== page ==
10
Dec
2018

USA Boxing Alumni Profile: Jesse Valdez

RINGSIDE 01/10/2018

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1972 Olympic bronze medalist Jesse Valdez, who was an outstanding amateur boxer, never turned pro because he chose security for his family rather than take a risk and parlay his amateur pedigree into a prize fighting career.

Valdez first went to the local Boys’ Club when he was 11. The youngest of seven children in a low-income family, headed by his single mother, in which the kids all slept in one bedroom, girls in a bed, boys on the floor, sharing space with cockroaches.

“I started going to the club and I guess I did well because I started beating older and bigger guys,” Valdez remembered. One day a coach asked me if I was interested in learning how to box. At 11, USA Boxing people were interested in me, not me the boxer, and they always gave me guidance. Because of my background, I knew I wouldn’t be going to college, and these people helped me and gave me guidance.

In 1964, 16-year-old Valdez upset Olympic bronze medalist Quincey Daniels at the National AAU Championship in the welterweight division, and later that year he qualitied for the U.S. Olympic Team as an alternate. Valdez captured a gold medal at the1967 National Golden Gloves in the light middleweight weight class and he added a bronze medal from the prestigious Pan-American Games.

“I wanted to be a better boxer and that (defeating Daniels) also helped me become a better person. I had never traveled outside of Texas before then. I went to the Regionals and Nationals and then I was asked if I wanted to go to East Africa. All I knew about Africa was Tarzan, Jane and Cheetah. In high school, I was offered college scholarships, but my grades were bad because I spent more time out than in school. I didn’t have a father figure.”

While he served in the U.S. Air Force, Valdez won a gold medal at the 1970 National AAU Championship as a light middleweight and two years later, he became the 1972 National Golden Gloves welterweight champion. A USA Olympic Team alternate for the second time in 1968, the third time was the charm for Valdez, who qualified for the 1972 U.S. Olympic Boxing Team by defeating future world champion Eddie Mustafa Muhammad.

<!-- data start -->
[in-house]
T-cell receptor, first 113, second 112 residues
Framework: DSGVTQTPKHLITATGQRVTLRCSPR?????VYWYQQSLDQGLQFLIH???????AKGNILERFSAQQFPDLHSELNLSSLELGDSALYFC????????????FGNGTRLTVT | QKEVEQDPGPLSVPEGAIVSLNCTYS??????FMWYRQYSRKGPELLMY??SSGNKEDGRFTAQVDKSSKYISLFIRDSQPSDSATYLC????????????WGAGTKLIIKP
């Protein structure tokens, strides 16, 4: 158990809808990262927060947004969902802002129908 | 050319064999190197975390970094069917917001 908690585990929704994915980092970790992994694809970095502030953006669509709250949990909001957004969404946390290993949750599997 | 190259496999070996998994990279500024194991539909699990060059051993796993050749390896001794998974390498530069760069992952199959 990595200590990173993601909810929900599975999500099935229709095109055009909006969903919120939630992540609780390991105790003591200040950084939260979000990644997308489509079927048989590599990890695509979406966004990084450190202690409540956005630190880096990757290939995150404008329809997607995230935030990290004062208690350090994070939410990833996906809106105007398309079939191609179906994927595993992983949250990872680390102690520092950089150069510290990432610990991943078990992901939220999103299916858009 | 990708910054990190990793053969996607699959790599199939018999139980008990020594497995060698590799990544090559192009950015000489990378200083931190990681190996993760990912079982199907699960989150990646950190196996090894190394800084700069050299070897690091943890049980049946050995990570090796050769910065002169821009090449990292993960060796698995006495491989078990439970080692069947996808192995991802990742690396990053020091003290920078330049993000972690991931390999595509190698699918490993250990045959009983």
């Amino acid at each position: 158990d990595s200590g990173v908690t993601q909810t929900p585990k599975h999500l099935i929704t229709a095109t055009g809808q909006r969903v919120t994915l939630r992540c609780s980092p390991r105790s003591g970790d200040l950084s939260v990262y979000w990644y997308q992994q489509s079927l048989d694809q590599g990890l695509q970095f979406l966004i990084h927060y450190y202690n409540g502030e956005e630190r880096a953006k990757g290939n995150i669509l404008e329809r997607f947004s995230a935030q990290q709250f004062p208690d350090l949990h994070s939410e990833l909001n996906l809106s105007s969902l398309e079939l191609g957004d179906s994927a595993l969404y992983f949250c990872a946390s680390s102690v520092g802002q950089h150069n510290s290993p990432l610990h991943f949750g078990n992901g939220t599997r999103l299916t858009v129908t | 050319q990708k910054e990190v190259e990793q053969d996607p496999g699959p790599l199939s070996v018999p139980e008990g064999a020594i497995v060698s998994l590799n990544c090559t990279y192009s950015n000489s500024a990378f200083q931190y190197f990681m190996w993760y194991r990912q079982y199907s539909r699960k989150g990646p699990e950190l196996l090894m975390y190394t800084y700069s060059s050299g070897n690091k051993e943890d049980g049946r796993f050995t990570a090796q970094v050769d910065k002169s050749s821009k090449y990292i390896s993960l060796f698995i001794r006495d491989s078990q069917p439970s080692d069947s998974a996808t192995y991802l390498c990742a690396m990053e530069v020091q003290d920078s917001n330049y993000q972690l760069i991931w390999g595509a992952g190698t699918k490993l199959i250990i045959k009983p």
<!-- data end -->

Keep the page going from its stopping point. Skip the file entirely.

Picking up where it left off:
“My dream came true in 1964,” Valdez noted. “I was a USA Olympic Team alternate in 1964 and again in 1968. But in 1972, I wanted to win a gold medal, even though I ended up with bronze.”

Valdez became a household name in America because his Olympic fights in Munich, Germany, aired live on ABC Wide World of Sports, the award-winning Saturday afternoon show during the seventies, when legendary announcer Howard Cosell took a shine to Valdez. Unfortunately, Jessie was eliminated in the semifinals by the eventual gold medalist, Emilio Correa, by way of a controversial decision, and Jesse settled for a bronze medal.

The 1972 Olympics, however, is sadly remembered for the deaths of 11 Israeli athletes and coaches taken hostage and murdered by a Palestinian terrorist group, Black September.

“The Olympic village was built in a circle,” Valdez explained. “There were athletes everywhere from all around the world. My roommate and I had a routine after eating. We walked to digest our food and that night we started to walk, when guards with guns and rifles wouldn’t let anybody go past them. We didn’t know why and didn’t speak German. We then asked our coaches what had happened, and they said people were shot that afternoon. Later, we saw what happened on television.

“I was team captain and all the captains from every sport were asked what the athletes wanted to do, continue (competing) or go home. We decided to go on because, if we had stopped, that’s what they (terrorists) wanted. The Olympics were halted one day for a memorial recognizing those who had died.”

After the 1972 Olympics, promoters lined-up to offer Valdez a pro contract, but he quickly turned down all offers having other options as well. He could have remained in the Air Force and been a coach. Instead, he accepted an offer from a Houston television station that wanted to benefit from hiring the Olympic bronze medalist returning home. Valdez became a reporter and the station’s ratings immediately went up, but other reporters became jealous and that became a problem for Jesse. At first, he contemplated a return to the Air Force, but Valdez liked working in television and he became a photo journalist until he retired in 2005.

Why not take advantage of his fame as an Olympic bronze medalist and turn pro?

“When I was 14 or 15 there were pros training at the gym I went to after school,” Valdez explained, “There was one professional boxer there I really liked and looked up to. He was a world champion, who will remain nameless, and I watched him work out. I’ll never forget, he asked me if he could borrow $1.00. I didn’t even have a nickel and that really opened my eyes. Here was a world champion asking me for money. It stuck in my mind. I took a job as a reporter because I really needed (medical) benefits.

“I try to go to clubs and help amateurs, but I don’t watch pro fights.”

Now 70, the Mexican-American from Houston has never regretted the decision he made nearly a half-century ago, or, of course, his experience at the 1972 Olympics. Jesse Valdez has become a valued speaker for the USA Boxing Alumni Association.

 

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